The Minister for Trade and Industry (Mr. McEwen) referred to what President Johnson said to Prime Minister Ky at the recent Honolulu talks. But he did not and could not tell us that the Australian Government had urged the adoption of measures for a democratic and stable government in Vietnam as a prerequisite to action there. There should be democratic and free government by the people, rural and economic development and the provision of education and health services, as envisaged by President Johnson, but all these necessary measures have been missing under the corrupt military dictatorships which have ruled the country for years. Our Government is supporting the corrupt dictatorships that have assumed the government of Vietnam. There have been nine such regimes in the past five years. Is it any wonder that Communism has progressed under these circumstances?

I ask: Have our 20-year old conscripts been told the history of Vietnam? Do they know for what they are fighting? Do they know that if they killed every Vietcong soldier they still would not have solved the problem of Vietnam? Since they are conscripted to fight and, if necessary, die for a cause, they also should know that the cause is just and laudable. Today Australians are confused and divided on the Vietnam war. They do not understand the many contradictions inherent in the lack of leadership from our Government. They fear the new trend of dictatorship in our own free democracy. Conscription is abhorrent to the Australian outlook. There is a mounting wave of opposition to the body snatching of young men to fight in the cruel, dirty war of Vietnam.

The Prime Minister should have given a clear lead in his report to the nation on other matters of importance to Australia. He said nothing about the economy that will reassure us. We are going through a period of hesitancy, uncertainty and lack of confidence. It is well known that most industrial concerns have cut out overtime and are trying to hold their staffs with the business available. One business man said to me: " Trade is very peaceful ". In other words, trade now is dormant and lacks the dynamic drive that is necessary for progress. Unemployment is again becoming more significant, with all its attendant hardships and frustrations. Costs of goods and services are steadily rising. There have been many claims of price increases brought about by the changeover to decimal currency. These all are matters that this Government has closed its eyes to.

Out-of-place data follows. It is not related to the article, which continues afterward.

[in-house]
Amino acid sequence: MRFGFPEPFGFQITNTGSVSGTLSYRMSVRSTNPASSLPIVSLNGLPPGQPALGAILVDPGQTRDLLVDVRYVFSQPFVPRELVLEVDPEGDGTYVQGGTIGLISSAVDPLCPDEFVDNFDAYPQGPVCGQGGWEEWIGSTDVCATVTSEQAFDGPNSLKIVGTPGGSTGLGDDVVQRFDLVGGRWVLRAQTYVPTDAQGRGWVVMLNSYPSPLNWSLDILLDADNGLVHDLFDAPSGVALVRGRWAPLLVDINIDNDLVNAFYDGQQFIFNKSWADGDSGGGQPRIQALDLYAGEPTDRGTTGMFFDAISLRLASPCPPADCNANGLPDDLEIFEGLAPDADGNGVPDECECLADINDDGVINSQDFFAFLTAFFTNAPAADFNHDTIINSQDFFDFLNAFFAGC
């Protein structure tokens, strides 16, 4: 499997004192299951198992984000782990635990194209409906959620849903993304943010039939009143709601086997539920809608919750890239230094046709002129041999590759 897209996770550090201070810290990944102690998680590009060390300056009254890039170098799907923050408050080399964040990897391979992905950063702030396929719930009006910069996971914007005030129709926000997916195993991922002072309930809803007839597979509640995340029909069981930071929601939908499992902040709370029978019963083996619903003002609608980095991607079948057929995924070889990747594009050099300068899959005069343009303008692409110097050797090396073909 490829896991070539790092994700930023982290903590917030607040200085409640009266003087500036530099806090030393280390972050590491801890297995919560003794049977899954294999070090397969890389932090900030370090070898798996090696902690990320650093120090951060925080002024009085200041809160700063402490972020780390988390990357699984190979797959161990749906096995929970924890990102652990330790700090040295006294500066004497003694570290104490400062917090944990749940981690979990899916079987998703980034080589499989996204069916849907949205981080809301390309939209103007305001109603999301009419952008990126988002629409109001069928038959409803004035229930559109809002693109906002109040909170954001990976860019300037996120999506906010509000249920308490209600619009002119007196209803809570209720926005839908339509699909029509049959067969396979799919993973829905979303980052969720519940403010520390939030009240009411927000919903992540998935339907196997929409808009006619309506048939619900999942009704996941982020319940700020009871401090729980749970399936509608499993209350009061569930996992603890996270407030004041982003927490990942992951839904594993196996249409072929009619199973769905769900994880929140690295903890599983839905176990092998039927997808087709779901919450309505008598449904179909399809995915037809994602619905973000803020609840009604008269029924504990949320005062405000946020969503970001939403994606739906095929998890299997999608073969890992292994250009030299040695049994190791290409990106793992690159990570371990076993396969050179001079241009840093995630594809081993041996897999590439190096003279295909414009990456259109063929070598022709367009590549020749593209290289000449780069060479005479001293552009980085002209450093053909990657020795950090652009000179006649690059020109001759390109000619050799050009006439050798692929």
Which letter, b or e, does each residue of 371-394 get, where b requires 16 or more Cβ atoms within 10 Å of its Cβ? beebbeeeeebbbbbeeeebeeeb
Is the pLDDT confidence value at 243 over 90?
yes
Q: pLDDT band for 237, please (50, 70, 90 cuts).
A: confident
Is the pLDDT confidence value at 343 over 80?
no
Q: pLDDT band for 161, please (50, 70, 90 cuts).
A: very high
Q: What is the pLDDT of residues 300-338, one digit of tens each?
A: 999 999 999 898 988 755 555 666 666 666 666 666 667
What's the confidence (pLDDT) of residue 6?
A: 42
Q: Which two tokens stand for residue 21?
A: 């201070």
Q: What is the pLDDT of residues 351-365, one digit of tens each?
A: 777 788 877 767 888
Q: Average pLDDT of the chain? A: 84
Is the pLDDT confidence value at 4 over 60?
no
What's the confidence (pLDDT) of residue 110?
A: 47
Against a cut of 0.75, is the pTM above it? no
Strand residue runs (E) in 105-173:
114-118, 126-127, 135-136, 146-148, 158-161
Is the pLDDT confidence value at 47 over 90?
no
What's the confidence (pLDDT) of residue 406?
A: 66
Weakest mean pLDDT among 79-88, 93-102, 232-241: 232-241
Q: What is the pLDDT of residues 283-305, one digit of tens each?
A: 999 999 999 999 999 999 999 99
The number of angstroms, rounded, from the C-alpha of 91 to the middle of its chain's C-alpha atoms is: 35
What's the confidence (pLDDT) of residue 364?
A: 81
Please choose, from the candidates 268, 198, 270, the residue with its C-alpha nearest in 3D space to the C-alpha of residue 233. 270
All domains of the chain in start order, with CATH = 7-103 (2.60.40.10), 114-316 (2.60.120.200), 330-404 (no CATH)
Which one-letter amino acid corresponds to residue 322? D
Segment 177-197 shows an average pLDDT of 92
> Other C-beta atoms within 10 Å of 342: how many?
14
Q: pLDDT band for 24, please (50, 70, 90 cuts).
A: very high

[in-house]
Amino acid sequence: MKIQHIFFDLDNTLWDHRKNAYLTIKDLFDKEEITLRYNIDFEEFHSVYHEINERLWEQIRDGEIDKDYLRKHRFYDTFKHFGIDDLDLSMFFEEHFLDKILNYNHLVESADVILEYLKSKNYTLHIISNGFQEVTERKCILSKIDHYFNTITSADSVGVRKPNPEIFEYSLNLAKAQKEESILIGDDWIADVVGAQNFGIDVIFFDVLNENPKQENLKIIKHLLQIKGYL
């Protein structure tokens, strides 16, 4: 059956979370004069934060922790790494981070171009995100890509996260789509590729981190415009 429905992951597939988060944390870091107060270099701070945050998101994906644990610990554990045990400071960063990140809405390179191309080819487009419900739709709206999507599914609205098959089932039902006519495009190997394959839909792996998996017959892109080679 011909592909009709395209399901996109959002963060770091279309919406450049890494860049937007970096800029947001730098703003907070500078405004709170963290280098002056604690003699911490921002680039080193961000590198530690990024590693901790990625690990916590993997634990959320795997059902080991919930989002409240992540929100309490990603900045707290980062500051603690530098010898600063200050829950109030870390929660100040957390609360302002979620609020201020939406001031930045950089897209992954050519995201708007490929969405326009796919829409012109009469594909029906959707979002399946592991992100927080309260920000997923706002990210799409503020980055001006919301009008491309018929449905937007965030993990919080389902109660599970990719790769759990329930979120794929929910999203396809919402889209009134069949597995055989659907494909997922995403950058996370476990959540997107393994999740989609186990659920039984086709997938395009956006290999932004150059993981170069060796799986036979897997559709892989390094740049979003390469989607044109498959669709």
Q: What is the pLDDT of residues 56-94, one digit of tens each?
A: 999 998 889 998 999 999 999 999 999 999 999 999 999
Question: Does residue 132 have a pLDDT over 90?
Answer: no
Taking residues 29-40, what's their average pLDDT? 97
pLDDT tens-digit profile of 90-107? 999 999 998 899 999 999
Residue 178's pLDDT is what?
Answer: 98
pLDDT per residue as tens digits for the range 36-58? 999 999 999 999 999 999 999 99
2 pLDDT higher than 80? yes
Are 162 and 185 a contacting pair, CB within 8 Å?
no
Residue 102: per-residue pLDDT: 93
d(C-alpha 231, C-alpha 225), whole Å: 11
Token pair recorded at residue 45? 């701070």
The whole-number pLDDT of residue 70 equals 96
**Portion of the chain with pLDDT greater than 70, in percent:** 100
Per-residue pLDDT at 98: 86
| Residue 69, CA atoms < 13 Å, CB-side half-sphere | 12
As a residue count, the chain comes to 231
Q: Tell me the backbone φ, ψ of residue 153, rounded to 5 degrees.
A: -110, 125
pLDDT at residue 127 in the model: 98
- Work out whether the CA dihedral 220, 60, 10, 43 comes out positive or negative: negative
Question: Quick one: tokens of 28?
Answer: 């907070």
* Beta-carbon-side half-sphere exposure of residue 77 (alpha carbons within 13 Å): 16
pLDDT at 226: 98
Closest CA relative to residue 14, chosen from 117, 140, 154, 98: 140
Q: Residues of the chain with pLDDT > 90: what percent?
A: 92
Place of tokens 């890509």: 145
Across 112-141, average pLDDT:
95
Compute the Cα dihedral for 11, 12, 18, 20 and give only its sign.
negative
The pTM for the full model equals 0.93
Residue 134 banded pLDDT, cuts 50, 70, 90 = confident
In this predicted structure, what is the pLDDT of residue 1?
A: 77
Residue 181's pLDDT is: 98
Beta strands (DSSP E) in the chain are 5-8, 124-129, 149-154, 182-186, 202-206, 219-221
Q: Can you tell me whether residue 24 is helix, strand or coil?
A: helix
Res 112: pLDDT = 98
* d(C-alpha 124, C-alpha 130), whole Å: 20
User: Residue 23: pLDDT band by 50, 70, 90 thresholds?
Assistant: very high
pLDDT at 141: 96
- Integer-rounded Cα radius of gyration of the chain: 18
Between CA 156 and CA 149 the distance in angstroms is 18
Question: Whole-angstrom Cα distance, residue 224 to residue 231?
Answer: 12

It is becoming crystal clear that since the Liberal Party lost the leadership of Sir Robert Menzies it has been floundering in a sea of uncertainty. Our present Prime Minister has not shown the leadership that is necessary to keep the people united and determined to forge ahead. That is why tonight in the course of his address the Prime Minister had to resort to personal abuse of the leaders of the Labour Party. The absence in the Prime Minister's report to the nation of any policy to overcome the poverty in our midst demonstrated another grave weakness in the Government's planning. The only oblique reference to poverty in this debate was contained in the speech of the Minister for Social Services (Mr. Sinclair). He relied on the present social service provisions without going into the wider incidence of poverty. It is indeed tragic that the present Government will not face up to and accept responsibility in this great human probem. It washes its hands of the matter and asserts that it is better for private agencies to inquire into poverty. Whatever is done by private effort does not relieve the Government of the reponsibility of facing the issue. In our boasted affluent society, thousands of our citizens are suffering various degrees of poverty, whilst they look in vain for governmental action. Since the Government normally follows the United States line, we could reasonably expect it to interest itself in the war on poverty programme of the United States.

Mr Calwell - That is the only war worth fighting.

Mr SEXTON - Yes. There are many aspects of poverty in Australia including our social services recipients and there is an obligation on the Government to remedy the position. For these and many other reasons the Government should be censured and the amendment of the Leader of the Opposition provides an opportunity to do just that.